Knowledge is power. The information regarding marijuana cultivation is vast. While we have covered some of the most important facts, some frequently asked questions are common amongst growers.

Can weed plants get too much sunlight?

With the keyword being sunlight, the answer isn’t quite simple. Sun-grown cannabis thrives on the energy it receives from the sun to grow, so that’s a no. Considering the strains that need darkness to flower, too much sunlight would be a yes.

Do weed plants need light or heat?

Your sun-grown weed needs both. Sunlight is a source of light and heat. It’s important to remember that since your crops need a lot of sunlight to grow, it’s also receiving heat simultaneously. Keeping the temperatures regulated is a must for cannabis cultivation.

How long can weed plants go without light?

It’s dependent on the strain you’re growing and your sun-grown cannabis plant’s growth stage. It can’t go without light for extended periods. The longest your crop can go without uninterrupted light absorption is 24 hours. It won’t die instantly but may become stressed.

Weed under sunlight

Sun nourished weed!

Who knew that so many intricate details go into growing weed. It makes harvesting those buds a proud moment. Knowing how much sun marijuana needs helps you to optimize your crop’s yield.

The amount of sunlight that your crops receive depends on various considerations that might seem minor but play a vital role.

A question like how much direct sunlight does my weed plant need daily guides you with the decisions you need to make to sustain a generous yield.

There are multiple lighting options available to grow your weed, but direct sunlight is still the best one available.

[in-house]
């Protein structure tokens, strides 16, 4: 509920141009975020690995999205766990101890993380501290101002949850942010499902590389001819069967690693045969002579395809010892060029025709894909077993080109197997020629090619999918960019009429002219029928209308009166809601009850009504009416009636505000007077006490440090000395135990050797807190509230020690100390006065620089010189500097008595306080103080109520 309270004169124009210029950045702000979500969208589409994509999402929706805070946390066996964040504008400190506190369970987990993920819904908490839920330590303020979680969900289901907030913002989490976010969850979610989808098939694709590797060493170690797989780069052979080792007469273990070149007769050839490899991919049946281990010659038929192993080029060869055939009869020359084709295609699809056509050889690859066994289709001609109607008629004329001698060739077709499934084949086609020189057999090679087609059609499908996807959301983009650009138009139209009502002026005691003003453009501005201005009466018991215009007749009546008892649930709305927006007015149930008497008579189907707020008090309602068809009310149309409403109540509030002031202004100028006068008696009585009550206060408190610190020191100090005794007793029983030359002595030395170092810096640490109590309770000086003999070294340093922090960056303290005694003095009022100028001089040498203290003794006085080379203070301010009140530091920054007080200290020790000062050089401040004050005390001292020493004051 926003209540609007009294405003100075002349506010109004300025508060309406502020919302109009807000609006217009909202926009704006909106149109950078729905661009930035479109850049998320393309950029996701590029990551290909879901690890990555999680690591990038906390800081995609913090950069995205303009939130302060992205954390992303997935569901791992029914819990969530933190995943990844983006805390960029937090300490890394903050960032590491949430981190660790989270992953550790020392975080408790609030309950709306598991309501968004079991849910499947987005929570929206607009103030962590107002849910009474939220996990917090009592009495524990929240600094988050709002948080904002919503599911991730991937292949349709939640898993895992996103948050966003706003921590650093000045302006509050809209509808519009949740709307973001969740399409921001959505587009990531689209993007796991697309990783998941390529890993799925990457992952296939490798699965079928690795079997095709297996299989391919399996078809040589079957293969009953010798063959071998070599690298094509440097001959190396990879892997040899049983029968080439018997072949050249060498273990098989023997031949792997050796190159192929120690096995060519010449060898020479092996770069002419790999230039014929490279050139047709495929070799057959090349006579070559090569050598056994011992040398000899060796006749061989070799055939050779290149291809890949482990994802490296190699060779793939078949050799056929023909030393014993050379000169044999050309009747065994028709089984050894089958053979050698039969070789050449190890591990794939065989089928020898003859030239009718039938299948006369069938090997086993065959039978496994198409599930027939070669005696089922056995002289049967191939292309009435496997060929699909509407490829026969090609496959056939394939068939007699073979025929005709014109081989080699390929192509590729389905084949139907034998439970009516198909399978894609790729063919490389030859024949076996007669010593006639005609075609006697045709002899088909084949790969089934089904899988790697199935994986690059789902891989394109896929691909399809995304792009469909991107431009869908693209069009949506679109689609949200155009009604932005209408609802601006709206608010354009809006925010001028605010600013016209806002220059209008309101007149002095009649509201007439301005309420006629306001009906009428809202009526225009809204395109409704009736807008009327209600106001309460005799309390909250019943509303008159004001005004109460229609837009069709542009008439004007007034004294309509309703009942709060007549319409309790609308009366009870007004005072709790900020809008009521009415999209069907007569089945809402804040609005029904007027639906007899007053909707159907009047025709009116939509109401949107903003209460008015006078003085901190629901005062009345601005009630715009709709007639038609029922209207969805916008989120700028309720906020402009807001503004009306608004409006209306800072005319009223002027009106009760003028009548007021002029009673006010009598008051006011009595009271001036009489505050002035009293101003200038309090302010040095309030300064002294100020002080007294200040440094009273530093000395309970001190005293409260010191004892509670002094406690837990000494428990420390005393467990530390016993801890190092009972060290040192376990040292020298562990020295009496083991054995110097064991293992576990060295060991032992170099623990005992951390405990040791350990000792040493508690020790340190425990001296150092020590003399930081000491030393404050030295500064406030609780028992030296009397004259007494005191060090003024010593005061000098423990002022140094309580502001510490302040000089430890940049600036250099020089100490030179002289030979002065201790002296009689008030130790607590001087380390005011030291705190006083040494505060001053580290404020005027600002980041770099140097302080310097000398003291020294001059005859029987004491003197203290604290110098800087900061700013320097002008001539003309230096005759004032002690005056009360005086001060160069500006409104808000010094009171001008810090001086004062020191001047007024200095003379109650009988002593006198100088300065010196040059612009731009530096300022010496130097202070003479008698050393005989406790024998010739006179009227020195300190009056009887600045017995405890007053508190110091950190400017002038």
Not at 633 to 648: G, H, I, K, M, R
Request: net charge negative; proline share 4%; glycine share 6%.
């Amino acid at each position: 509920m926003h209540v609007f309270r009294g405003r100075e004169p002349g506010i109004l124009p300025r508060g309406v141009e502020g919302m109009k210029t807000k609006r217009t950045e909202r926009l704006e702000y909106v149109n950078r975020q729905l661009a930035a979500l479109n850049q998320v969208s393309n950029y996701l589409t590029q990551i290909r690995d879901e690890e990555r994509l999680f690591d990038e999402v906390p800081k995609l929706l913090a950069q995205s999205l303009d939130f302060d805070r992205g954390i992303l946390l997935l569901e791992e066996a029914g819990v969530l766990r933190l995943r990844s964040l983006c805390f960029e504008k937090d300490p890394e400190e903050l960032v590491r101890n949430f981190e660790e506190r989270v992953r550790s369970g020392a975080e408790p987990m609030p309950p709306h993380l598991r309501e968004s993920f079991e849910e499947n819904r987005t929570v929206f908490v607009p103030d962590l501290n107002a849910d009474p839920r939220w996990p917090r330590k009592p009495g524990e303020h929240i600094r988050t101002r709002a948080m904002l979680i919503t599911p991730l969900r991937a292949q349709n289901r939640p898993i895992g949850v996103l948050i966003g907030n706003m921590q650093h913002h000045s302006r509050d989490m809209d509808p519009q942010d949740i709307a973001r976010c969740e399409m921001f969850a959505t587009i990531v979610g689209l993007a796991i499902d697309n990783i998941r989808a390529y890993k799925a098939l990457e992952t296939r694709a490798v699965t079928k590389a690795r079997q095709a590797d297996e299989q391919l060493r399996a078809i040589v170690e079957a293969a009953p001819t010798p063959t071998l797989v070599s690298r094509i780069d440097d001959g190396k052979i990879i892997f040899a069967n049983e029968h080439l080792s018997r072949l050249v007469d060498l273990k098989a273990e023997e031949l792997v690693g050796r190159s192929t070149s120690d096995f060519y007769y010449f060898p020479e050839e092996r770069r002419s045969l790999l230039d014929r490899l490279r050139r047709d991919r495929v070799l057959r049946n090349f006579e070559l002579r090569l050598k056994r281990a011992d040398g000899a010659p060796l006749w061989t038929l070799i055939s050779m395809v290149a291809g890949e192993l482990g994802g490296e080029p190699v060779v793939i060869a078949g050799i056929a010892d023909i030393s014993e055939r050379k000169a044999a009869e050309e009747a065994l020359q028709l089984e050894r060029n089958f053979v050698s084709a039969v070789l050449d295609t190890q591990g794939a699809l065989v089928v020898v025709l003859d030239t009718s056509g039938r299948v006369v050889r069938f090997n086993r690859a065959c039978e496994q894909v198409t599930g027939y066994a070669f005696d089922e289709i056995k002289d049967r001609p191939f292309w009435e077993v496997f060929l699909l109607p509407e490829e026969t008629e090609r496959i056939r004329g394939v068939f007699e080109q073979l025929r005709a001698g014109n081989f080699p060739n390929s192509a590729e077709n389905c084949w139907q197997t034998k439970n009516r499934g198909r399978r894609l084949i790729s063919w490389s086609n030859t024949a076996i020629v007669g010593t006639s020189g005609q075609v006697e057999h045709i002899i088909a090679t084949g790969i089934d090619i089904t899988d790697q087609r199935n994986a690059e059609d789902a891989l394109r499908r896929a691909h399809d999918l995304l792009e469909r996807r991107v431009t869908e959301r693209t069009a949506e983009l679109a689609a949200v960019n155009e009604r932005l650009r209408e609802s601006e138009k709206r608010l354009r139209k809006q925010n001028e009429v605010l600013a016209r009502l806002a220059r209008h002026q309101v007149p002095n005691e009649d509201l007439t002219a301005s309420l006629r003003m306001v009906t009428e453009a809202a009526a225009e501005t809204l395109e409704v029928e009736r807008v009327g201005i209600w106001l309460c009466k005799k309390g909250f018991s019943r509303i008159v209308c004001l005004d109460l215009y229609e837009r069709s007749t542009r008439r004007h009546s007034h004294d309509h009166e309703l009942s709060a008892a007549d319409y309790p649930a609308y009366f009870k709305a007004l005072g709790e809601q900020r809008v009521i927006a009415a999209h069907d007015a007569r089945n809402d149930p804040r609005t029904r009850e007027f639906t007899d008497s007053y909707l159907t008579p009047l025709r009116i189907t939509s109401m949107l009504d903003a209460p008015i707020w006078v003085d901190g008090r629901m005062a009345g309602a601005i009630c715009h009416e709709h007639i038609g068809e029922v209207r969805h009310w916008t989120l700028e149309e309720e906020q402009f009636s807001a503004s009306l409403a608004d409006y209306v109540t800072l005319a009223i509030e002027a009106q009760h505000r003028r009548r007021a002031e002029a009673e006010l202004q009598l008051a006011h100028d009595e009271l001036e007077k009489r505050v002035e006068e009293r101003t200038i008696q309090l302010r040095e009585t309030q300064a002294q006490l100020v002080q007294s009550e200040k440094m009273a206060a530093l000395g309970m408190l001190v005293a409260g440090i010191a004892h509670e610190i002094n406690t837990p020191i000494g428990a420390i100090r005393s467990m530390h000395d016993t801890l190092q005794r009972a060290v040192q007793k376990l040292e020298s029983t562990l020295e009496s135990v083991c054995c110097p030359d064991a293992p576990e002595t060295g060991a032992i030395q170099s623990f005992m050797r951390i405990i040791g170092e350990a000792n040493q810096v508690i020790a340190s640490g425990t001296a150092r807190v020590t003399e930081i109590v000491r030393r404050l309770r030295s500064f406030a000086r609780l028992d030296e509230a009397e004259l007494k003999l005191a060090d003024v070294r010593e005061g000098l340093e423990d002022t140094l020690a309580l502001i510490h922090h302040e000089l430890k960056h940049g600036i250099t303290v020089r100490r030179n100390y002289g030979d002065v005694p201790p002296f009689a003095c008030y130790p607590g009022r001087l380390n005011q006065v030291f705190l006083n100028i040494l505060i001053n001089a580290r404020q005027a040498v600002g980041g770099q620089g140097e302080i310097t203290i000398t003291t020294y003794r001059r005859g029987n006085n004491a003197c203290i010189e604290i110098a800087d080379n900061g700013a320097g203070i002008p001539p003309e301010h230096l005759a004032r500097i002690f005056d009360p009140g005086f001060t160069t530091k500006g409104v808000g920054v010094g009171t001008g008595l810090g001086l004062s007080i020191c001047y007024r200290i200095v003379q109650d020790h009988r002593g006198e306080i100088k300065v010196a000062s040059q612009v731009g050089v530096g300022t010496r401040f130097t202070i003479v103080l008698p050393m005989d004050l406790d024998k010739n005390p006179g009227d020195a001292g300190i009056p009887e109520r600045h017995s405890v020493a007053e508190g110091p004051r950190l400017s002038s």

Now that you’ve learned about the amount of direct sunlight marijuana crops need, why not put your newly acquired knowledge to the test? Head over to Homegrown Cannabis Co. and check out the wide selection of seeds available.

How much light does a weed plant need?

How much light does a weed plant need? A difficult question for many new growers. Light is one of the vital elements of all life forms, including weed plants, so you must get it right for your plants to thrive.

Keep reading as we unpack everything you need to know about cannabis lighting, from picking the best lights to optimum schedules. Let’s get started.

How much light does a weed plant need?

How you use grow lights determines the success of your marijuana plants. Answering the question, how much light does a weed plant need is complex. There are four lighting basics to master for the best results.

  • Light intensity
  • Type of light and placement
  • Light spectrum
  • Light schedule

Outdoors, the sun showers your plants in natural light, but indoors you’re in control of the cannabis light cycle.

Let’s take a closer look at each factor to consider.

Light intensity

Higher light intensity is generally associated with better growth. If you continue to increase the intensity of light that a plant receives, what happens? You might over-saturate your cannabis, which causes burns. However, your crops also risk stretching and stunted growth if you dim the lights too much.

Two common ways to measure light intensity are:

  • Lumen — measures the light flow that a source emits. The higher the lumen, the brighter the light.
  • Lux — measures the light intensity that reaches a plant’s surface.
Measurements of intensity

Growers typically use lux to measure intensity in their cannabis light schedule since plants only use the light that reaches its surface.

Here’s a simple table showing the best lux levels for two essential life stages:

Life stage Minimum Good Maximum
Vegetative ~15,000 lux ~40,000 lux ~70,000 lux
Flowering ~35,000 lux ~60,000 lux ~85,000 lux

Choosing the right lights

Using specific marijuana grow lights for your weed allows you to maintain the plant’s health and progress to the next growing season.

The more plants you have, the more lights you’ll need for a successful marijuana light schedule. Average home growers use around one or two lights since most states permit no more than 12 plants.